The Clean Commute for Kids Act would invest $25 billion to transition a significant portion of the nation’s school bus fleet to electric. - File photo

The Clean Commute for Kids Act would invest $25 billion to transition a significant portion of the nation’s school bus fleet to electric.

File photo

Federal lawmakers introduced on Wednesday legislation that would invest $25 billion to transition a significant portion of the nation’s school bus fleet to electric.

U.S. Senators Alex Padilla (D-Calif.) and Reverend Raphael Warnock (D-Ga.) and U.S. Representatives Tony Cárdenas (D-Calif.) and Jahana Hayes (D-Conn.) introduced the Clean Commute for Kids Act, according to a news release from Padilla’s office. The legislation authorizes the funds over the next 10 years for the Environmental Protection Agency (EPA), with assistance from the U.S. Department of Energy, to provide grants to replace existing buses with clean, zero-emission buses.

The bill reportedly builds off of President Joe Biden’s $2.3 trillion infrastructure plan — which includes plans to electrify at least 20% of the yellow school bus fleet — to make improvements to children’s health, according to the Associated Press.

Key points in the bill include:

· 40% of the funding would go toward replacing school buses serving environmentally and socioeconomically disadvantaged communities.

· Funding awarded to school districts may cover up to 100% of the replacement costs of zero-emission buses, including acquisition and labor costs for charging infrastructure, workforce development and training, and planning and technical activity costs.

·   Directing the EPA to develop an outreach program to assist school districts in transitioning school bus fleets.

On a typical day before the COVID-19 pandemic, nearly 25 million children in the U.S. rode over 500,000 predominantly diesel buses to school, according to the news release.

“Providing a quality education for children starts before they even arrive at school,” Padilla said. “I know firsthand how outdated diesel school buses expose our young people to harmful pollution. Children in working-class communities — like the one I grew up in — face higher rates of asthma and respiratory issues, which have a direct impact on their ability to learn. That’s why I’m proud to introduce legislation that will accelerate the deployment of cleaner school buses.”  

Padilla added that transitioning the U.S.’s school bus fleet to zero-emission vehicles is “an essential aspect of building equitable, sustainable infrastructure and is a wise investment in our children, our environment, and our future.”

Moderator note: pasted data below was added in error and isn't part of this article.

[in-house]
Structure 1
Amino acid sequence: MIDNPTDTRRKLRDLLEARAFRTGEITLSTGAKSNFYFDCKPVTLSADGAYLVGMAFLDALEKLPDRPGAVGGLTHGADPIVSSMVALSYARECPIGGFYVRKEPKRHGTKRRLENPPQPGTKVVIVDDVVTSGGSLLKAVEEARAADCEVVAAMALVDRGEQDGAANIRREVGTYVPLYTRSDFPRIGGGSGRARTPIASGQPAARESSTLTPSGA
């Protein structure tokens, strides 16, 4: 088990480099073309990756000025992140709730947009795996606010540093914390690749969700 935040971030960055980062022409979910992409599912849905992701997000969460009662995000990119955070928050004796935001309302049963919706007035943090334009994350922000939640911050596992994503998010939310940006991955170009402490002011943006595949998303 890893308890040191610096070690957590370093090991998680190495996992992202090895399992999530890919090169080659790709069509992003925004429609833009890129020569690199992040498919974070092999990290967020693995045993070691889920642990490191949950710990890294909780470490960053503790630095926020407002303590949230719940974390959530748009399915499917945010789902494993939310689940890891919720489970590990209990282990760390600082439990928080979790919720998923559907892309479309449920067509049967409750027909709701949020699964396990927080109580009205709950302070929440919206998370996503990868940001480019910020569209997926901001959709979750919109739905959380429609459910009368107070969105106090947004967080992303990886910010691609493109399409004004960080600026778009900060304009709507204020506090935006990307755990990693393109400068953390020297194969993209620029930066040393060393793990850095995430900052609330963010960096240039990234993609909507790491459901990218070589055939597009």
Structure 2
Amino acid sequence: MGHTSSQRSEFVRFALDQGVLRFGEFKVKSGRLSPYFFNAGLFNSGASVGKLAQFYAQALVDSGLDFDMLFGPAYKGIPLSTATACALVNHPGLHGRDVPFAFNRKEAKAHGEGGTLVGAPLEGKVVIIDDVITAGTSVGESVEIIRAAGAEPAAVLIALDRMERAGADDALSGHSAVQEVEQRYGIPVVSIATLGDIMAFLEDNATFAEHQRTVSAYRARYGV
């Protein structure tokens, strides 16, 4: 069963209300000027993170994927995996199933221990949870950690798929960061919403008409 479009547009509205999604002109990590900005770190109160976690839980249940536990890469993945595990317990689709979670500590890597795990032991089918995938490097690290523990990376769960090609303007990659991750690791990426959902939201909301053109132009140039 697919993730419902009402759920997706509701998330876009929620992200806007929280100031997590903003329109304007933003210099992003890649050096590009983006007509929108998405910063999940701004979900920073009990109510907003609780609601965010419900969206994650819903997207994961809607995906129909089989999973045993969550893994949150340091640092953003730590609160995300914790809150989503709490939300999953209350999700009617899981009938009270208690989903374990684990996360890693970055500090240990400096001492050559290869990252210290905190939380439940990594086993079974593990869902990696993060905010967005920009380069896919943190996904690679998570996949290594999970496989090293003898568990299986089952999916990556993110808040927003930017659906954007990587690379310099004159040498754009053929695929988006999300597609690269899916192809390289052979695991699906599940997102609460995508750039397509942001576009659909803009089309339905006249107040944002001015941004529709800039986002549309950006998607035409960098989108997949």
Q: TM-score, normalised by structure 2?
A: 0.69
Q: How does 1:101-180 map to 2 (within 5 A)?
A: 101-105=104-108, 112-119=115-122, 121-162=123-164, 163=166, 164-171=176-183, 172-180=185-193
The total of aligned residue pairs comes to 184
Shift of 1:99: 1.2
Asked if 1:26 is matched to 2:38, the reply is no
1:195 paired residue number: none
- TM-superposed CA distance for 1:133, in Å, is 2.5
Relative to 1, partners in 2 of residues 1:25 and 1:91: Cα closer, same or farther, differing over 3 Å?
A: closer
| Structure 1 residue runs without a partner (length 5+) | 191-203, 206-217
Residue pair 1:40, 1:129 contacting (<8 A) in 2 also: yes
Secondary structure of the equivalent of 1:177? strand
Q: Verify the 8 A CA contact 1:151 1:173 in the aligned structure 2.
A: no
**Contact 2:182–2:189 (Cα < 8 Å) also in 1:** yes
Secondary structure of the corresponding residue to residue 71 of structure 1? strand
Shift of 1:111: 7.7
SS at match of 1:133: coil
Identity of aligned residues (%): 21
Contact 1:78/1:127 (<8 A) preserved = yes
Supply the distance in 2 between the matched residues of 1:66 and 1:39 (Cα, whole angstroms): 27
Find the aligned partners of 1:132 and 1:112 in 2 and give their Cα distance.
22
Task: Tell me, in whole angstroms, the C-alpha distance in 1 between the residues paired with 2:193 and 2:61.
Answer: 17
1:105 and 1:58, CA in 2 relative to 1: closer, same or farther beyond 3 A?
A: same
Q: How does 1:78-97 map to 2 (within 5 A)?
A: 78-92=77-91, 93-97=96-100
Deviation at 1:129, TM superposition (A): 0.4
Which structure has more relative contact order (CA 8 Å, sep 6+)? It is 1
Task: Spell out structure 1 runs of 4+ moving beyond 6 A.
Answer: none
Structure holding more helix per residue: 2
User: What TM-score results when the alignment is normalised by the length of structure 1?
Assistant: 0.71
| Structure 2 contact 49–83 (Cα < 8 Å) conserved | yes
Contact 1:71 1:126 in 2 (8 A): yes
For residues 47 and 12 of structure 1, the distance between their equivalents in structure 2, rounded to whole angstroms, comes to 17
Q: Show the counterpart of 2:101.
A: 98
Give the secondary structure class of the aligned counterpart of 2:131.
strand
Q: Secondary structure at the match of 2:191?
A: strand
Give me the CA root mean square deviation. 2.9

School districts are making the switch to electric buses across the U.S., many of them in California. The California Air Resources Board (CARB) has leveraged federal funding to assist school districts and local air boards with the costs of school bus replacements, according to the news release. This bill will accelerate the transition and provide funding to reach more schools.

The bill is co-sponsored by Senators Tina Smith (D-Minn.), Bernie Sanders (I-Vt.), Dianne Feinstein (D-Calif.), Ed Markey (D-Mass.), Ron Wyden (D-Ore.), Jeff Merkley (D-Ore.), and Debbie Stabenow (D-Mich.).

Groups in support of this legislation include the American Federation of Teachers, Calstart, EarthJustice, the Edison Electric Institute, the Environmental Defense Fund, the Environmental Law and Policy Center, GreenLatinos, the League of Conservation Voters, Mom’s Clean Air Force, and the Union of Concerned Scientists.

“Innovators like Georgia’s own Blue Bird Corp. are already leading the way to replace older diesel buses with cleaner, zero-emission electric school buses, and strengthening federal funding to make our infrastructure more sustainable is an investment in the health of our country, our planet and our economy,” Warnock said. “The Clean Commute for Kids Act will help keep our students safe, create good-paying jobs, and modernize our country’s vital transportation infrastructure.”

“Communities across America – especially communities of color – are facing some of the worst health and respiratory problems from breathing polluted air,” Cárdenas said. “Now, during the COVID-19 crisis, we have an even greater responsibility to improve the health of all Americans by removing pollutants from our environment, making critical investments in clean energy technology, generating good-paying American jobs, equipping our nation with 21st-century infrastructure, and setting ourselves on a path to a strong recovery in the years to come.”

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